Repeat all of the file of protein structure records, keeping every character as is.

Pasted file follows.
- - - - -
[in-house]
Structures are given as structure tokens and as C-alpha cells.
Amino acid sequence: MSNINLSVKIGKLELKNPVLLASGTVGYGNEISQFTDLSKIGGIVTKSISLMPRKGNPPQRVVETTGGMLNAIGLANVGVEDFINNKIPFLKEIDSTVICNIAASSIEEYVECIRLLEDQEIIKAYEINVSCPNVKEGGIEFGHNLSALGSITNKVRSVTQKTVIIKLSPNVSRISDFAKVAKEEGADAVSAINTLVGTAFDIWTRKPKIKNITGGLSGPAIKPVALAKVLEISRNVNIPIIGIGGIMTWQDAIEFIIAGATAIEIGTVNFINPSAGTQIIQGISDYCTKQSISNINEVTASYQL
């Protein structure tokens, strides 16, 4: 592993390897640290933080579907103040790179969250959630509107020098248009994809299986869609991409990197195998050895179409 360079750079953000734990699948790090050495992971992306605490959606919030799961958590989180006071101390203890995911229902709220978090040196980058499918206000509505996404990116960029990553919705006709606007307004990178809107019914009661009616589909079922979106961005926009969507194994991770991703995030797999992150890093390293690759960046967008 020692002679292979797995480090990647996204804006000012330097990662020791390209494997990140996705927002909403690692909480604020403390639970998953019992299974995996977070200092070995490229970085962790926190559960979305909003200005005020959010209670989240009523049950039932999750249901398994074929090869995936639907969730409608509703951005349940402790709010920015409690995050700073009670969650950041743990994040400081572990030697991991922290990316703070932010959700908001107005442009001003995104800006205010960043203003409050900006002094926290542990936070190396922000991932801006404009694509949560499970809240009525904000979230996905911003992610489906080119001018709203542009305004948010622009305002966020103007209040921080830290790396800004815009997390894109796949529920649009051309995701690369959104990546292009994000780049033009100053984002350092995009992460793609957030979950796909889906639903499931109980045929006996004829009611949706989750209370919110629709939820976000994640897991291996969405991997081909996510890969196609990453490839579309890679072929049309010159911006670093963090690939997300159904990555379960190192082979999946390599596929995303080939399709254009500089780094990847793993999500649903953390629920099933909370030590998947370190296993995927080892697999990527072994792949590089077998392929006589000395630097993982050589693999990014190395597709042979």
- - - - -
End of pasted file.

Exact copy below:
[in-house]
Structures are given as structure tokens and as C-alpha cells.
Amino acid sequence: MSNINLSVKIGKLELKNPVLLASGTVGYGNEISQFTDLSKIGGIVTKSISLMPRKGNPPQRVVETTGGMLNAIGLANVGVEDFINNKIPFLKEIDSTVICNIAASSIEEYVECIRLLEDQEIIKAYEINVSCPNVKEGGIEFGHNLSALGSITNKVRSVTQKTVIIKLSPNVSRISDFAKVAKEEGADAVSAINTLVGTAFDIWTRKPKIKNITGGLSGPAIKPVALAKVLEISRNVNIPIIGIGGIMTWQDAIEFIIAGATAIEIGTVNFINPSAGTQIIQGISDYCTKQSISNINEVTASYQL
């Protein structure tokens, strides 16, 4: 592993390897640290933080579907103040790179969250959630509107020098248009994809299986869609991409990197195998050895179409 360079750079953000734990699948790090050495992971992306605490959606919030799961958590989180006071101390203890995911229902709220978090040196980058499918206000509505996404990116960029990553919705006709606007307004990178809107019914009661009616589909079922979106961005926009969507194994991770991703995030797999992150890093390293690759960046967008 020692002679292979797995480090990647996204804006000012330097990662020791390209494997990140996705927002909403690692909480604020403390639970998953019992299974995996977070200092070995490229970085962790926190559960979305909003200005005020959010209670989240009523049950039932999750249901398994074929090869995936639907969730409608509703951005349940402790709010920015409690995050700073009670969650950041743990994040400081572990030697991991922290990316703070932010959700908001107005442009001003995104800006205010960043203003409050900006002094926290542990936070190396922000991932801006404009694509949560499970809240009525904000979230996905911003992610489906080119001018709203542009305004948010622009305002966020103007209040921080830290790396800004815009997390894109796949529920649009051309995701690369959104990546292009994000780049033009100053984002350092995009992460793609957030979950796909889906639903499931109980045929006996004829009611949706989750209370919110629709939820976000994640897991291996969405991997081909996510890969196609990453490839579309890679072929049309010159911006670093963090690939997300159904990555379960190192082979999946390599596929995303080939399709254009500089780094990847793993999500649903953390629920099933909370030590998947370190296993995927080892697999990527072994792949590089077998392929006589000395630097993982050589693999990014190395597709042979």